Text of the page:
Limitations

Several limitations must be discussed in the methodologies adopted for the study. First, the valve-aorta models used to perform the WSS analysis only provide an approximation of the native WSS environment. They implemented idealized geometries and boundary conditions that do not capture the range of patient variability, and material formulations that only approximate the anisotropic and non-linear mechanical response of the leaflets and the aortic wall to flow (Billiar and Sacks, 2000; Danpinid et al., 2010). In this context, the modeling of the aortic wall as a linear elastic material is a restrictive assumption. However, additional simulations performed to assess the impact of this assumption on the local hemodynamics revealed only a 0.2% difference in peak-systolic WSS in the proximal aortic convexity using a linear model and a more physiologic two-parameter Mooney Rivlin model (Ranga et al., 2007). This result confirms previous findings suggesting the appropriateness of the linear elastic material assumption to correctly capture the native aorta hemodynamics over the range of physiological intra-arterial pressures (Crosetto et al., 2011). In addition, while the new SMDI exhibited substantial differences between TAV and BAV AA, its sensitivity to the BAV morphotype in each AA section was more subtle. A possible explanation is the relatively small size of the regions where WSS was captured, which made the assessment of all flow metrics rather localized. While larger interrogation regions could have been used to discretize the entire AA into the same segments as those typically considered to define dilation patterns (i.e., root, tubular AA, distal AA and transverse arch Kang et al., 2013; Khoo et al., 2013), they would have made it more difficult to define a local longitudinal and circumferential directions given the drastic changes in wall curvature.

Lastly, although the new SMDI proposed in this study has the capability to quantify both WSS directionality and magnitude, and has shown some interesting similarities with the morphotype-dependent patterns of BAV dilation, this metric has not been validated experimentally as a predictor of BAV aortopathy. Further analyses are needed to investigate the robustness of this metric in actual BAV patient aortas. However, the benefits of the computational approach adopted in this study should not be underestimated. In fact, the investigation of hemodynamic predictors of BAV aortopathy is difficult to conduct in vivo due to the inherent patient-specificity of the flow that may challenge the identification of a robust universal metric. The unique ability of the computational strategy to isolate the impact of the valve geometry on the aortic stress state while eliminating any other patient-specific anatomic and hemodynamic variable constitutes the main strength of the modeling approach. Nevertheless, until the SMDI predictions reported in this computational study can be validated against in vivo measurements, the predictive power of this new hemodynamic index for BAV aortopathy should be considered with caution.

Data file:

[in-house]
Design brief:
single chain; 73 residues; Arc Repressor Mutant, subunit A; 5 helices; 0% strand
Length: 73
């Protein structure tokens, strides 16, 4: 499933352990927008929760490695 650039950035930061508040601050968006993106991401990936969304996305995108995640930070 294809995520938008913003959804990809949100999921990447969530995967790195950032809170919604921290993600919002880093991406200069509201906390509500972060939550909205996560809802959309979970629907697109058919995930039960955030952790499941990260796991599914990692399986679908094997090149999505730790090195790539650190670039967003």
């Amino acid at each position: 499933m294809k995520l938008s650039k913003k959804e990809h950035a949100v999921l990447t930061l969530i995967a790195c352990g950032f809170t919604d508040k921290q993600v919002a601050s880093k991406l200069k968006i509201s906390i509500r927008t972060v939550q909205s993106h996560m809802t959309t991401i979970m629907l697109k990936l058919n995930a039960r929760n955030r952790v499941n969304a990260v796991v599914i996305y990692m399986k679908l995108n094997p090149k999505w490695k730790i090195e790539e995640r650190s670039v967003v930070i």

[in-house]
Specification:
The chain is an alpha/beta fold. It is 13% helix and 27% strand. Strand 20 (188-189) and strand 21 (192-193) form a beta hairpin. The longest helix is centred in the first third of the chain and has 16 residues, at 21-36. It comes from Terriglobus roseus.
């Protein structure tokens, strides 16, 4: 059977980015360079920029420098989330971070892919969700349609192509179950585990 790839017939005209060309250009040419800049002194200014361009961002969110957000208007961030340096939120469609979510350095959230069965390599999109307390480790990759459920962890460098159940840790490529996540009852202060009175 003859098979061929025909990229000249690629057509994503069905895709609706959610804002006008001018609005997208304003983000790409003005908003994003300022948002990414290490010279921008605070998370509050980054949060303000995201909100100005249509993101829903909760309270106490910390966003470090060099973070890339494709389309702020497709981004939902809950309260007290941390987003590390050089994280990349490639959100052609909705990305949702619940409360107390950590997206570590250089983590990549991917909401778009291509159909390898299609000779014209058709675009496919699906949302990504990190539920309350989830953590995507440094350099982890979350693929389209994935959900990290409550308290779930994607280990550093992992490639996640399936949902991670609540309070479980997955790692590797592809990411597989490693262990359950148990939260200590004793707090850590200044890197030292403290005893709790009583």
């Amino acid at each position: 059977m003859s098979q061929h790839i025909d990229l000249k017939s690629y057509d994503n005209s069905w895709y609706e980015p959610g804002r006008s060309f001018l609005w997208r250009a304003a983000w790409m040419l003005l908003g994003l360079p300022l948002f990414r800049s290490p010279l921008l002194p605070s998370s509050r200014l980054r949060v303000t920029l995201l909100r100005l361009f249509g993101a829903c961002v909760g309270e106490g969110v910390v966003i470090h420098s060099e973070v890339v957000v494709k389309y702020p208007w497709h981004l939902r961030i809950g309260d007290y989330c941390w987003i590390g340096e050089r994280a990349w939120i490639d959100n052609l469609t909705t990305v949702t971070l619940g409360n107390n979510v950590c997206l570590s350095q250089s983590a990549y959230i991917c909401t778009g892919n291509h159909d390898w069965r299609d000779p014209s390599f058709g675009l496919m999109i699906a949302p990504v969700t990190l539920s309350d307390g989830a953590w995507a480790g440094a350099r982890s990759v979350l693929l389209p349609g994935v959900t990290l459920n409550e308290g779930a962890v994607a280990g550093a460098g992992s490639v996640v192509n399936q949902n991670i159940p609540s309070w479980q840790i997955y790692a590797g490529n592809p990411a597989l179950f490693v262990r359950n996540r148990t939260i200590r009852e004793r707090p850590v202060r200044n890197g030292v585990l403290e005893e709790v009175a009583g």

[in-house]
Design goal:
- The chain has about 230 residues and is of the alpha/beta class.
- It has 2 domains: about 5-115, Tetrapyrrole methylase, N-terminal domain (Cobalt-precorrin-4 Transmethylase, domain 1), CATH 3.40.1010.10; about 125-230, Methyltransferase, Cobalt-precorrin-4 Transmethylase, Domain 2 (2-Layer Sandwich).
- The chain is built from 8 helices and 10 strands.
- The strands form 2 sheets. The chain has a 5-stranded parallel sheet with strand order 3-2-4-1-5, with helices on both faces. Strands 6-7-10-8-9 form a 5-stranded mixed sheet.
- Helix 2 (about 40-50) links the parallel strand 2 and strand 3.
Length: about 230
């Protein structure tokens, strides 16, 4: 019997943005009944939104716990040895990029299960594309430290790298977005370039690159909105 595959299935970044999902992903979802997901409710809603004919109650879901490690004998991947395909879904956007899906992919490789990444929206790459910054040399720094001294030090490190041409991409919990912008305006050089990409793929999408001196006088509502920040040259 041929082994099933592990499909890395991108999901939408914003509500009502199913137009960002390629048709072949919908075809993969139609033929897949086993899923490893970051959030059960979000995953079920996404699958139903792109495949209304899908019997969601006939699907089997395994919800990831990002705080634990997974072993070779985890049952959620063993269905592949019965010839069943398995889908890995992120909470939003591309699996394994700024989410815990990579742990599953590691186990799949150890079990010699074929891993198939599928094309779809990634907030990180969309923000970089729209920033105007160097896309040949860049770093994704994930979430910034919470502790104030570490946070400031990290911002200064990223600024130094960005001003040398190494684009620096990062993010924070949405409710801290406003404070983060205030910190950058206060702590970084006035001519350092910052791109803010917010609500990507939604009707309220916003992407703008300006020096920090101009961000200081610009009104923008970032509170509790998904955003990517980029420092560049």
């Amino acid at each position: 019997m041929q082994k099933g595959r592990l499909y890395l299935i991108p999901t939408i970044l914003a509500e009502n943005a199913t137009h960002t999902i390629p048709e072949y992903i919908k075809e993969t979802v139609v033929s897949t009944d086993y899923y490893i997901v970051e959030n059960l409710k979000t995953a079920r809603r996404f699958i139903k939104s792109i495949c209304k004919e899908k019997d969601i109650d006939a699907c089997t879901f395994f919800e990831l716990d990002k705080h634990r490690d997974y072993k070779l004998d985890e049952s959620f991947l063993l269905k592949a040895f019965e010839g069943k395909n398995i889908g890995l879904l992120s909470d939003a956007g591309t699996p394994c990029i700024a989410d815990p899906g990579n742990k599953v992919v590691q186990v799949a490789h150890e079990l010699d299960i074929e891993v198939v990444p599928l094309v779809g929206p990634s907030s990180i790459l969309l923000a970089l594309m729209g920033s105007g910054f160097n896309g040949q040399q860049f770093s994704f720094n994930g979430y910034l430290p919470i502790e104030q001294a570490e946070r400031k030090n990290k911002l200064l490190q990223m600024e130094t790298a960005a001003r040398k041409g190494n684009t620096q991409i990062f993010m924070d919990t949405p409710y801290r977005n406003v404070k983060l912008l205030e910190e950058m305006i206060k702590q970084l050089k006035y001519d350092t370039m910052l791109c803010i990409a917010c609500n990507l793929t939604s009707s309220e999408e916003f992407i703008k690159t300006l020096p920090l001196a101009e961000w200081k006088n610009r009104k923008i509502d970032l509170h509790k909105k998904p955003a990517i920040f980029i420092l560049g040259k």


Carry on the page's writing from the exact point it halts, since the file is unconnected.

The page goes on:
Author Contributions

JL and JAS analyzed the data and wrote the paper. PS conceived the work, analyzed the data and edited the paper.

Funding

This work was supported in part by the National Science Foundation (NSF) grants CMMI-1148558 and CMMI-1550144, and the American Heart Association (AHA) grants 14PRE18940010 and 17GRNT33350028.

Conflict of Interest Statement

The authors declare that the research was conducted in the absence of any commercial or financial relationships that could be construed as a potential conflict of interest.

Acknowledgments

The authors would like to thank Dr. Kai Cao for his assistance with the computational models and the extraction of the data.

Supplementary Material

The Supplementary Material for this article can be found online at: https://www.frontiersin.org/articles/10.3389/fphys.2018.00993/full#supplementary-material

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Keywords: bicuspid aortic valve, wall shear stress, aortopathy, aorta, hemodynamics, helicity, directionality

Citation: Liu J, Shar JA and Sucosky P (2018) Wall Shear Stress Directional Abnormalities in BAV Aortas: Toward a New Hemodynamic Predictor of Aortopathy? Front. Physiol. 9:993. doi: 10.3389/fphys.2018.00993

Received: 15 May 2018; Accepted: 06 July 2018;
Published: 14 August 2018.

Edited by:

Yi Zhu, Tianjin Medical University, China

Reviewed by:

Lingfang Zeng, King's College London, United Kingdom
Andrea Moriondo, University of Insubria, Italy

Copyright © 2018 Liu, Shar and Sucosky. This is an open-access article distributed under the terms of the Creative Commons Attribution License (CC BY). The use, distribution or reproduction in other forums is permitted, provided the original author(s) and the copyright owner(s) are credited and that the original publication in this journal is cited, in accordance with accepted academic practice. No use, distribution or reproduction is permitted which does not comply with these terms.

*Correspondence: Philippe Sucosky, philippe.sucosky@wright.edu

These authors have contributed equally to this work and share first-authorship